The usability profession to a large extent doesn't even understand how marginal it has become. I hear some usability people talk about working on their company Intranet, as though it where just another Web site. Their involvement is limited to rearranging chairs: a bit of information architecture work, and figuring where to put links, based on the specifications presented to them. But UCD did not drive the development of the application, in violation of the sacred laws of UCD. The application already existed. It was bought from SAP or Oracle or IBM, specified by an in-house BA and modified by systems people from a implementation partner.

I am not convinced many usability practitioners are necessarily interested in the mysterious working of the applications. They are happy to stick to the interface, where the issues are far easier to notice and deal with. Applications also involve dealing with an alien culture, people who complain about changes and don't seem excited when talking about user experience.

Some UCD practitioners do realize that users aren't going to gain proper value from an application unless the application reflects their prorities accurately. Many enterprise applications fail users and need extensive change. But UCD orthodoxy hardly equips us with a road map on how to fix the problem. If you follow the UCD script, you end up saying: "Well, see, the problem is that you did this all wrong from the start. Before you did anything, you should have called me in to do user research, then we could have designed a special application to meet the unique needs of the user population." Anyone hearing that would assume you were arrogant and obstructionist.

It is time to reality-check notions that application development must start with UCD. I empathize with these sentiments completely, but I question their practicality in today's business world. UCD has increasingly advocated as best practice the development of bespoke solutions for users. Meanwhile, in the hard-nosed world where money talks, businesses have embraced off-the-shelf solutions for a variety of reasons related to purchase cost and maintainability. The philosophical differences between the approaches couldn't be wider. The question is, are there practical solutions to provide a way for both sides to work constructively toward common goals without compromising their priorities?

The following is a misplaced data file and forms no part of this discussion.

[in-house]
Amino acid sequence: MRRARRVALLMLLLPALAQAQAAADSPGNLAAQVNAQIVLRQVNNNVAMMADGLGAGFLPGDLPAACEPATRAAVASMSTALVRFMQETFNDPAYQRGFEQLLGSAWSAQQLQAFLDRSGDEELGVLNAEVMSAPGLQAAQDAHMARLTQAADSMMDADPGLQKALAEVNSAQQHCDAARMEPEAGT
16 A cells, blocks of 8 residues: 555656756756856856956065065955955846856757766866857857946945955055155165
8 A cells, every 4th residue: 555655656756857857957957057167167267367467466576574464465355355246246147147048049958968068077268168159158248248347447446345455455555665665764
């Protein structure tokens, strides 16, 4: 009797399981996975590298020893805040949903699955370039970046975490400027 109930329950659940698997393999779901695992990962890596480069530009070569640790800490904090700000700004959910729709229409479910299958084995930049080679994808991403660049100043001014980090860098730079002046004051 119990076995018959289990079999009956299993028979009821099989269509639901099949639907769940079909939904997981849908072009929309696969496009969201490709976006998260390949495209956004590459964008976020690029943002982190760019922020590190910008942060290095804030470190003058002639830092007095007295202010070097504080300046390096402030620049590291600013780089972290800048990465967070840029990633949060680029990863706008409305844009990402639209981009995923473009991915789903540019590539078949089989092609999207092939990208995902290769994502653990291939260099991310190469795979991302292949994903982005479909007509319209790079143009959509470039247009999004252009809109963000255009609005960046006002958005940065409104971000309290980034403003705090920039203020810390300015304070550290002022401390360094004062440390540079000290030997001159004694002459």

I have been developing a framework I am calling "context-driven application re-engineering" to assess the costs to businesses of poorly functioning enterprise applications, while providing a pathway to making those application work better for users. To get the needs of users represented in the reality of off-the-shelf enterprise applications today, I commit heresy by dropping the "do it right from the start" attitude of the UCD profession. We need to recognize how marginal we are becoming, and face this reality if we hope to change it.